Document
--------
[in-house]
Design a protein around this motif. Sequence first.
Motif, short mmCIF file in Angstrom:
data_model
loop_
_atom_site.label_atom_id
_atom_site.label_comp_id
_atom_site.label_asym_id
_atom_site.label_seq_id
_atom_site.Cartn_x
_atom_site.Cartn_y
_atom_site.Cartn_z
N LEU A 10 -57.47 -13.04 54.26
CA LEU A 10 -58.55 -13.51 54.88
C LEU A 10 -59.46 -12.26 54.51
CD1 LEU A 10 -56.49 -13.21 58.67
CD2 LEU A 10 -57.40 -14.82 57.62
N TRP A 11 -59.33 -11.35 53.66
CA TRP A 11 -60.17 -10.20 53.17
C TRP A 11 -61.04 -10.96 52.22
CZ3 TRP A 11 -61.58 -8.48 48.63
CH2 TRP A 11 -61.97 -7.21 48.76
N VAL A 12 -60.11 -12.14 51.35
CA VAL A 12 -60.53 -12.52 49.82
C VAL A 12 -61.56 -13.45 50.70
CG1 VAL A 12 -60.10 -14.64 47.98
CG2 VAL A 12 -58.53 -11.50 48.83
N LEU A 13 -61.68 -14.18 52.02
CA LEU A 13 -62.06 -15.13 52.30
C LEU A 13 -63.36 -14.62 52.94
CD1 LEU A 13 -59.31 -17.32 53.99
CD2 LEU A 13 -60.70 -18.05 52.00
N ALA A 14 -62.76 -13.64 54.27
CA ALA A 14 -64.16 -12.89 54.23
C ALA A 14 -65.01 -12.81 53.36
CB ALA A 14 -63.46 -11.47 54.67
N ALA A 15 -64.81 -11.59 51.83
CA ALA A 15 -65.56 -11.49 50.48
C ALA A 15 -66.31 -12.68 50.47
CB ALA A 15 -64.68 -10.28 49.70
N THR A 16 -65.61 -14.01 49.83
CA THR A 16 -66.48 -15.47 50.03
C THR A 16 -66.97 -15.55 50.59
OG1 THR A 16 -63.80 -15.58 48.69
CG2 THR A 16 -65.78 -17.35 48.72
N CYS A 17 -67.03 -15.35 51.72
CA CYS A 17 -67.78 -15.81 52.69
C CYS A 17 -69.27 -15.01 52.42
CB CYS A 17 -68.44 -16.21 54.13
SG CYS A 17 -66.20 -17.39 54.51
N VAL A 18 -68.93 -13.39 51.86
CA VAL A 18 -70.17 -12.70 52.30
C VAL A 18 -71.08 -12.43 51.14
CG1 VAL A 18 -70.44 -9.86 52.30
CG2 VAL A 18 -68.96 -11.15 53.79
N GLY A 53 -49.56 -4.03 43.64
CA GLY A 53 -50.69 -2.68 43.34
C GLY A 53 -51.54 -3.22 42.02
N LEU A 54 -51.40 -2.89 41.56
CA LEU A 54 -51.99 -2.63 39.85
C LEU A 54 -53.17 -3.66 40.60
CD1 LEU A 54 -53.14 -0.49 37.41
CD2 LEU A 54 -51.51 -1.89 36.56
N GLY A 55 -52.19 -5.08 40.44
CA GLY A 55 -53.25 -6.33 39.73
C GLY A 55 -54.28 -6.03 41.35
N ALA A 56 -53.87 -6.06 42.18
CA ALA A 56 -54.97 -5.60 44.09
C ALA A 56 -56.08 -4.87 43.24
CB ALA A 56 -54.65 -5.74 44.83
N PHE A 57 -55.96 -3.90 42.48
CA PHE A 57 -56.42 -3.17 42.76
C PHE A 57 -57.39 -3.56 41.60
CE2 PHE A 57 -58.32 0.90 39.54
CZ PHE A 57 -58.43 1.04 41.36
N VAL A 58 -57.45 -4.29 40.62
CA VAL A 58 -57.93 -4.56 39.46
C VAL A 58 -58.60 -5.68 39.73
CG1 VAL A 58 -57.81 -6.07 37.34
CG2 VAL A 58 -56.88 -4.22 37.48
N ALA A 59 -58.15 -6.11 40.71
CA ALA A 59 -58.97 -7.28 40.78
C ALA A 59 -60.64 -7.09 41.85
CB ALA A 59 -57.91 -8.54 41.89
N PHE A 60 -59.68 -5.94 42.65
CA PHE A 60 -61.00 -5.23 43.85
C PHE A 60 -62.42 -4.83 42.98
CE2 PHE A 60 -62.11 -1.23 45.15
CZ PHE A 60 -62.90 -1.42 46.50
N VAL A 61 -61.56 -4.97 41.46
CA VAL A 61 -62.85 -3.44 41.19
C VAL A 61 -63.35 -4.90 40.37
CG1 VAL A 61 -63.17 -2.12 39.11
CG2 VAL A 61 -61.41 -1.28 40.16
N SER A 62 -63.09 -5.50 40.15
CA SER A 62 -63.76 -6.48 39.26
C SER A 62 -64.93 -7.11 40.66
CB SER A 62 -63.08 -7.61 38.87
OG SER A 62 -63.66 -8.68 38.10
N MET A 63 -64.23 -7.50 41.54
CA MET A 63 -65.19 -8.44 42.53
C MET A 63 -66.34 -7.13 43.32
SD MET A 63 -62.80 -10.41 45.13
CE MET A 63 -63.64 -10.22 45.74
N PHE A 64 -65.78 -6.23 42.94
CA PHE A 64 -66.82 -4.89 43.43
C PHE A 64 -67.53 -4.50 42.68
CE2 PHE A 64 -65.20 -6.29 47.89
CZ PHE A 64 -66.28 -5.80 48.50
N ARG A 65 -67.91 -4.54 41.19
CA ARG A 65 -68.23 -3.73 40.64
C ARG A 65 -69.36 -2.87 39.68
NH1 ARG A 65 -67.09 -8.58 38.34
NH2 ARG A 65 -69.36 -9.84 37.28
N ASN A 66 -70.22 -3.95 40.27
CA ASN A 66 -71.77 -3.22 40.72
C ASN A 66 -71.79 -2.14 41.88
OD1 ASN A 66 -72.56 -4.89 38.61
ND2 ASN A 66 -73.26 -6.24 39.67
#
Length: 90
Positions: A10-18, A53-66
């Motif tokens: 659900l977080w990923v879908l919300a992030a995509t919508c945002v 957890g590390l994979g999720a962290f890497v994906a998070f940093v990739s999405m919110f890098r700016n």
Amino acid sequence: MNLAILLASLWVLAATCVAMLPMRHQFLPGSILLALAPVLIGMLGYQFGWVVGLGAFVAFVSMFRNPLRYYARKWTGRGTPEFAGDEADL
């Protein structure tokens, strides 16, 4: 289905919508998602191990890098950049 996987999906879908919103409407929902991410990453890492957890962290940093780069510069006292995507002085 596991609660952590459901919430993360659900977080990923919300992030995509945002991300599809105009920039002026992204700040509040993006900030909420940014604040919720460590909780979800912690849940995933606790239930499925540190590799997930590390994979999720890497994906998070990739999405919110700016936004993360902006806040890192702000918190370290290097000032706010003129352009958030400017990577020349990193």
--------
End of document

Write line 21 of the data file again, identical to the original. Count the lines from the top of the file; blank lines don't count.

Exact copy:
CZ3 TRP A 11 -61.58 -8.48 48.63